VR is going to be an accessories gold rush. After all, you can shoot guns, swing light sabers, paint with VR brushes and more. It’s like Rock Band on 3D steroids.
And as anyone who has followed the Reddit VR forums know, VR controllers kill TVs. If you forget to attach the strap, chances are your sweaty gamer hands will accidentally release the controller at the perfect moment to just obliterate your expensive TV.
So grippers make a ton of sense.
Now, when it comes to accessories like this, I’m a pretty big skeptic -- back in console days, I think I purchased every stupid accessory on the market. Game Shark? Gimme. Power Glove? Yessir. Adjustable rate mortgage? Wait, that’s something else, but, yeah, sign me up.
Alas, anyone who has thrown money down the nonsense accessory hole knows most hot products barely justify the price.
Thankfully, it’s easy to write reviews when the products are great. Let’s quickly go through the pros and cons of the Hyperkins:
Quality: High, actually, which is pleasant considering all the cheap accessories out there. Material is the right thickness -- any thicker and it’d be heavier and cumbersome, any thinner and it could tear. I like these mucho better than Razer’s Xbox grips which are way more expensive.
Install: Super easy, just pull them on.
Fit: Perfect. Years of making Xbox controllers shows they know how to make skintight skins.
Color: The blue looked fantastic and the color saturation was deep and fancy. The gray is a bit transparent so the effect wasn’t as nice as the blue. My guess is silicone dyed blue with a black background is one of the better color combos while light colors probably don’t appear as nice.
Performance: For the controllers, the grips actually do grip. The Hyperkin skins aren’t textured with millions of tiny nubbins. Rather, they’re more like latex medical gloves or silicone grips used on bikes.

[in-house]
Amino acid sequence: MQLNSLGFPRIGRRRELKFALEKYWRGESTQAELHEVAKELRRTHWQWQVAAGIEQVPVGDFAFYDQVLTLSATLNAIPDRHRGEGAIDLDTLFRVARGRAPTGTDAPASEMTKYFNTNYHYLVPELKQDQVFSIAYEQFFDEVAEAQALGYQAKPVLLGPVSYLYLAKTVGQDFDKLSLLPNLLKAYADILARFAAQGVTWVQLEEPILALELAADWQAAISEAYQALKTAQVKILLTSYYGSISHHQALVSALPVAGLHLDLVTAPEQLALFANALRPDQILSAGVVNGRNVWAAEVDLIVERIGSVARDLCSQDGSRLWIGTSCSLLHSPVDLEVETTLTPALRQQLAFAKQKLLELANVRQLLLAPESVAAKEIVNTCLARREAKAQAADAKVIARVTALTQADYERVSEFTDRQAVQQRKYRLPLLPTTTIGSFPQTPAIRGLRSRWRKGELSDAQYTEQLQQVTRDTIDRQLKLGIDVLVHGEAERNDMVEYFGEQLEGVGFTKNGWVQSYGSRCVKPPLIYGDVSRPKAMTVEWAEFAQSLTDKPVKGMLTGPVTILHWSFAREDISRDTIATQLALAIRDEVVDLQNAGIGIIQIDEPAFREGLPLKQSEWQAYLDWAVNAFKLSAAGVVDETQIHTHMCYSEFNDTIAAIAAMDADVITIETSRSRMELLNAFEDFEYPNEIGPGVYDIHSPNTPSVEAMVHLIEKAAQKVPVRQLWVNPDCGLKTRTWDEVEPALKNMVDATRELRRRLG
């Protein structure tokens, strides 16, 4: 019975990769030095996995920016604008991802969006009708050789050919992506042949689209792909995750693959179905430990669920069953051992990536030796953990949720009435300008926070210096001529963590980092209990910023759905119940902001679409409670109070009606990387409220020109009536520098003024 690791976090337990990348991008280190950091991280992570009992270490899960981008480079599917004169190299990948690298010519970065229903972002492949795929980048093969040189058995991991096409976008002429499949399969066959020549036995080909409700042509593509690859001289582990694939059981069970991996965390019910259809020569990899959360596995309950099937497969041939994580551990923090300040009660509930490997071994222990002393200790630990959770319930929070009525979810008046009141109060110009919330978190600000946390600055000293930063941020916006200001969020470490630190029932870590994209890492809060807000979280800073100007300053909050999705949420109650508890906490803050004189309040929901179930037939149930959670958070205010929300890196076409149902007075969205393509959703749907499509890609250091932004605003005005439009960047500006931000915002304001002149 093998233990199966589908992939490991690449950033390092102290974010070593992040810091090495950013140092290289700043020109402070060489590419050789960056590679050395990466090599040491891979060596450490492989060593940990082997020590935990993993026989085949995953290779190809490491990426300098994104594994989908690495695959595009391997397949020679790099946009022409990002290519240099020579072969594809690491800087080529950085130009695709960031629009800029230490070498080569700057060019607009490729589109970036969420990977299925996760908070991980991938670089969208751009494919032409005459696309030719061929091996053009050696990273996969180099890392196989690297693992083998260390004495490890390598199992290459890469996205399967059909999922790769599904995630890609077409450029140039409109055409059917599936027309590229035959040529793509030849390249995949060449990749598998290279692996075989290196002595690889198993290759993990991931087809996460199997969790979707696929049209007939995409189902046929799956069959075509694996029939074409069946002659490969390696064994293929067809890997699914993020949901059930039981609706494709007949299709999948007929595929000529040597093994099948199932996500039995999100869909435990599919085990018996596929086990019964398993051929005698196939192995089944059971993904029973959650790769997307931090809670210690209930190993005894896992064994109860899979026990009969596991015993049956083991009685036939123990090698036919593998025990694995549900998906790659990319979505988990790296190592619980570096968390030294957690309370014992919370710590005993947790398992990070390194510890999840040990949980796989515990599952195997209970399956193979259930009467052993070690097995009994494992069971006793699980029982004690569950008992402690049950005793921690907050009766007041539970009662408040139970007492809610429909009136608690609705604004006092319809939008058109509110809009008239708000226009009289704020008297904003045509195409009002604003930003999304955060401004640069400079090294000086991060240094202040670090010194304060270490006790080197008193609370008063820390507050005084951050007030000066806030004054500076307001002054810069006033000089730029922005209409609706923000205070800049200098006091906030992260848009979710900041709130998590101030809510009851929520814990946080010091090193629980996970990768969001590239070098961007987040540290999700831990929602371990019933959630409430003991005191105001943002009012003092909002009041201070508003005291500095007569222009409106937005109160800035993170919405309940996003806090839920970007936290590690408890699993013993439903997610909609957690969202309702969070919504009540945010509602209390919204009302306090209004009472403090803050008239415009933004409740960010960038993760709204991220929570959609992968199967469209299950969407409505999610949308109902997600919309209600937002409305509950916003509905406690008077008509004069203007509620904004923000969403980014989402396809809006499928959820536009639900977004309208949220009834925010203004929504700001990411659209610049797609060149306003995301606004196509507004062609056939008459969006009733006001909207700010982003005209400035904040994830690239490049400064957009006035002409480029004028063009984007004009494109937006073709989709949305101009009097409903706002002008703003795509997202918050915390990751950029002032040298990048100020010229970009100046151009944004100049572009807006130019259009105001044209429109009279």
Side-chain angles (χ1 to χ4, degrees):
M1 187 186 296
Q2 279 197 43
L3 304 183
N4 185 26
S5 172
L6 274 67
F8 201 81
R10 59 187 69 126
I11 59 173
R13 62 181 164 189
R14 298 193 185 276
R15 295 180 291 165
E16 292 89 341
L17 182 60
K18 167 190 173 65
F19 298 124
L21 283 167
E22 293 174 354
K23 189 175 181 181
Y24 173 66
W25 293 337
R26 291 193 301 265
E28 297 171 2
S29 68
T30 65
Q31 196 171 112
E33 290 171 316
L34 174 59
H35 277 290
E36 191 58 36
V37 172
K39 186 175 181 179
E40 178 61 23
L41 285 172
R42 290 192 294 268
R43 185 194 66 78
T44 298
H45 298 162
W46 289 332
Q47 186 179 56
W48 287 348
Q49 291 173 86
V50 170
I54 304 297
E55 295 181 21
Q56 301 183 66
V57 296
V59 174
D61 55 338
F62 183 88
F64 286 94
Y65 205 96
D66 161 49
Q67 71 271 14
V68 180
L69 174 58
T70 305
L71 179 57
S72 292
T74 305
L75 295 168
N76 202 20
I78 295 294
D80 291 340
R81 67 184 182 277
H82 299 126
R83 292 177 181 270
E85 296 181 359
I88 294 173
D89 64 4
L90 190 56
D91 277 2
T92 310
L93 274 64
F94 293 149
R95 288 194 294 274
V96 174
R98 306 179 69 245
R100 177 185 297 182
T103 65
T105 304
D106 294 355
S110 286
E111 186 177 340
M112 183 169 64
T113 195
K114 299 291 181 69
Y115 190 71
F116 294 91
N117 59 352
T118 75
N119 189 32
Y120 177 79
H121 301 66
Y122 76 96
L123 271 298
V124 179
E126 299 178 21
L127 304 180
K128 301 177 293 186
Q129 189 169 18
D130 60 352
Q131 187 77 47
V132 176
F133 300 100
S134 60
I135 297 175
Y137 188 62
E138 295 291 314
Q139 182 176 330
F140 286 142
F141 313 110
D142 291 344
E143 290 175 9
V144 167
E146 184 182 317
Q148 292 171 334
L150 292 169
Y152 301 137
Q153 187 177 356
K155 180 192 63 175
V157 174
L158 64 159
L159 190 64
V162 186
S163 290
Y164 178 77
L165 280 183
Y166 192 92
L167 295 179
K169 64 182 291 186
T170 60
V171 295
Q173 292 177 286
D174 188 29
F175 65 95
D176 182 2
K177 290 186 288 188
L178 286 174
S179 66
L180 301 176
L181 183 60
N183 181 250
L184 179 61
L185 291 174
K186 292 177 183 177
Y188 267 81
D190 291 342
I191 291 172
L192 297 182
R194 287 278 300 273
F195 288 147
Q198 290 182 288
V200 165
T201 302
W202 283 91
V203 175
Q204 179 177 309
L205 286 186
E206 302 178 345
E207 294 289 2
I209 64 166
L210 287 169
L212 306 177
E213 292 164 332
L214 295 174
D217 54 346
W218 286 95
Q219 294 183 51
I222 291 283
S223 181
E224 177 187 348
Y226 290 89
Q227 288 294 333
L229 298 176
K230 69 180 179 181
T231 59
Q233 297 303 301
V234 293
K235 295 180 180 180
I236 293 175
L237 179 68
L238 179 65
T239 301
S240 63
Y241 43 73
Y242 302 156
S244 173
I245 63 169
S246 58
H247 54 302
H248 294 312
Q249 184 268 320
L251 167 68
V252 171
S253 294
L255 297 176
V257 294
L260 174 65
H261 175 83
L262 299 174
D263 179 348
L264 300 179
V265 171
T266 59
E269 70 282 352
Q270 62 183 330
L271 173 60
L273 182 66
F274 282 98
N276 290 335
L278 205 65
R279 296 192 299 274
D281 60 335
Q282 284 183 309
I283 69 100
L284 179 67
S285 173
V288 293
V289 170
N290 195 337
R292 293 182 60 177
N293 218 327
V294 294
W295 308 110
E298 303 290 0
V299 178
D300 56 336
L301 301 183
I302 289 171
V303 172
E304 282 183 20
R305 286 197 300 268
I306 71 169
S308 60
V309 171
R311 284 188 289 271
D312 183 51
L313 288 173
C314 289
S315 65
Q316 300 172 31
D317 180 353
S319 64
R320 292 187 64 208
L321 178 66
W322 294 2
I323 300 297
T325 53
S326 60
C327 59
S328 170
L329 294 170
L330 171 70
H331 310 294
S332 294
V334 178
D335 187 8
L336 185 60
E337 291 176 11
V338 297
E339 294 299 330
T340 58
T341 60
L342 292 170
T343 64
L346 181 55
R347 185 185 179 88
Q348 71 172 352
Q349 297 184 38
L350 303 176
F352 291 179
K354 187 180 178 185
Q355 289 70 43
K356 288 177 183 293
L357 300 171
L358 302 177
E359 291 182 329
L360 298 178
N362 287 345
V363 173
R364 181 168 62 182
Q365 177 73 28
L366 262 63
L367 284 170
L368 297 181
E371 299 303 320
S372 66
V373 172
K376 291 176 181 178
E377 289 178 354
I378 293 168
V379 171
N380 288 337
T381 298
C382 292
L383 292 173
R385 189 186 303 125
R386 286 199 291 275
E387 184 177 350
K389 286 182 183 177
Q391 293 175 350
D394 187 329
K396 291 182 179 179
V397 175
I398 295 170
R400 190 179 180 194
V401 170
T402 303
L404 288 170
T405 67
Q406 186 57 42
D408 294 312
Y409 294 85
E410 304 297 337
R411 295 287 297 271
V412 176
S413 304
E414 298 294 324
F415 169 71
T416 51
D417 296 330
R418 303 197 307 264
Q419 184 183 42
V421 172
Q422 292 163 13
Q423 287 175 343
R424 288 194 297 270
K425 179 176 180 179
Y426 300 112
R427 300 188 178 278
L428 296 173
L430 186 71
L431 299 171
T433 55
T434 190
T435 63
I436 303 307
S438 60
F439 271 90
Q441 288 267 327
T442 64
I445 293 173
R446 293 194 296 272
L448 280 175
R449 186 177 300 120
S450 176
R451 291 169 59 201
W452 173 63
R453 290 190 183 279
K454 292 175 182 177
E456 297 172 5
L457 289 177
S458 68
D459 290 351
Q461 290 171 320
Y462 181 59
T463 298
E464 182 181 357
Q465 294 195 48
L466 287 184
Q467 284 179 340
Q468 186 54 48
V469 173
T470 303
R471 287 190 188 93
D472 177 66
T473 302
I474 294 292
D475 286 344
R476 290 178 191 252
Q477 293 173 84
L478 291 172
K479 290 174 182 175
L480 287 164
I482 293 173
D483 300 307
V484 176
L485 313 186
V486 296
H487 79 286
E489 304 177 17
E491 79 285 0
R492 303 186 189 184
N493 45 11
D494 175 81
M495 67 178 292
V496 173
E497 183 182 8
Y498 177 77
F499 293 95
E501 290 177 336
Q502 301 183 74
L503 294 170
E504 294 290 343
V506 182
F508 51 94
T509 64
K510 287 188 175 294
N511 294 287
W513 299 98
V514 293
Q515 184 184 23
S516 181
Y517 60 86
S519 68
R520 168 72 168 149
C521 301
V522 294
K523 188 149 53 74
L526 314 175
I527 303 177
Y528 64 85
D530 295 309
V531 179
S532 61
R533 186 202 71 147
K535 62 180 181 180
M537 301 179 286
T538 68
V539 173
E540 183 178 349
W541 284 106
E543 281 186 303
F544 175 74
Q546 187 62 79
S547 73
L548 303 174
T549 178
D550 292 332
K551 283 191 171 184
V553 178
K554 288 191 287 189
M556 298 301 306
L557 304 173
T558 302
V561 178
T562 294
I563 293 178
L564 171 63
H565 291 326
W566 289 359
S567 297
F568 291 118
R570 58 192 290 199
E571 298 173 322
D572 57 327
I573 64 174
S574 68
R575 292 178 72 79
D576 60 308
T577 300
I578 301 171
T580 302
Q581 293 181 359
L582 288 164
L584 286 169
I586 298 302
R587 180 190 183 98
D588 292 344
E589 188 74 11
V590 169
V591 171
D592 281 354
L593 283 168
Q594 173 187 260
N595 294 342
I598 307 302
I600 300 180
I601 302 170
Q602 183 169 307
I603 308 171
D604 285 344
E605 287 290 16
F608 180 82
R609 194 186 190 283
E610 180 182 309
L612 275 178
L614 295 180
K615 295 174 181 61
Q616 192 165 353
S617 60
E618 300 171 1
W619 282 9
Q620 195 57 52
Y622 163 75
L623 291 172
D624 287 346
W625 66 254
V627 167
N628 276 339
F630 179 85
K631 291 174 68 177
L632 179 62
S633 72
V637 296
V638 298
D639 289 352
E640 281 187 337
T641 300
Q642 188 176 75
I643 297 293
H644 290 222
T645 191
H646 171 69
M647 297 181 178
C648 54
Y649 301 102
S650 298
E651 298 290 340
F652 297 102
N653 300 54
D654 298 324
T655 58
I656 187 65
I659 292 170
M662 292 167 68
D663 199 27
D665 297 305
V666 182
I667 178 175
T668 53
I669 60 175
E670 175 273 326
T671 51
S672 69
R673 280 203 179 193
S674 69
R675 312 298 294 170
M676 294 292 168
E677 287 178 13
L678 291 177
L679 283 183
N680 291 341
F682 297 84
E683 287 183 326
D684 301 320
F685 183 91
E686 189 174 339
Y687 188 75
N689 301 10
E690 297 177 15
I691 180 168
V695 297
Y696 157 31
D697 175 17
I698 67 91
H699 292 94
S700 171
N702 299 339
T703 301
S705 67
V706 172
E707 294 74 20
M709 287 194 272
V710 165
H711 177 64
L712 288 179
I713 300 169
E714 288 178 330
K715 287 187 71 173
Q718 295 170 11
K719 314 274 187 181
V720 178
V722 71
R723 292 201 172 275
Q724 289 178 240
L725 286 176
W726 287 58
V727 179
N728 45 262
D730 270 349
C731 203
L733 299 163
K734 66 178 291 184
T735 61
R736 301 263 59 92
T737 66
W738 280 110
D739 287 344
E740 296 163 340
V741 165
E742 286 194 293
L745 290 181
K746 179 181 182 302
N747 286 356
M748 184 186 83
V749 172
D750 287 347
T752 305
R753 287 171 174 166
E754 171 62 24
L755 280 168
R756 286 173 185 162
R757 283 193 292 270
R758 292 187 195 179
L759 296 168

Comfort: The downside of some grips is you can get Nintendo thumb or Playstation palm or any of the extreme sports related injuries plaguing the esports community. Because the Hyperkins are smooth silicone, there’s practically no negative friction. Meaning your baby smooth gamer hands stay the consistency of whipped butter.
Protection: Because the GelShells are thin, I wasn’t expecting much protection. And, really, I didn’t see a point in buying the headset skin. But when putting the headset down on a glass table or hardwood floor, there was an appreciated bit of squish. Where the bare headset and controllers clink and makes you worry, the GelShell gave a not insignificant cushion of protection.
Improvements: I’d like to see more colors, like hipster teal or yellow. Also, the controller skins cover the buttons, for newbs it’s hard to know where the buttons are. Sure, you’re in VR land and can’t see your hands anyway, but the cover masks the feeling of the buttons a bit. A few minutes with the controllers and it’s obvious where the buttons are. But I’d love to see some markings or texture outlining the top and side buttons.
Overall, the Hyperkin GelShells are at the top of the list for Vive accessories, especially considering the $15 price point. Hyperkin also sells a VR carrying bag that looks fantastic which I didn’t get a chance to try. I did try their disposable mask to protect from VR plague, but it's really uncomfortable for anything other than public demos. The Hyperkin controller skins are practically a Vive must-buy -- $15 is worth it for a performance upgrade and the little extra peace of mind to keep controllers flying into flatscreens. Check them out.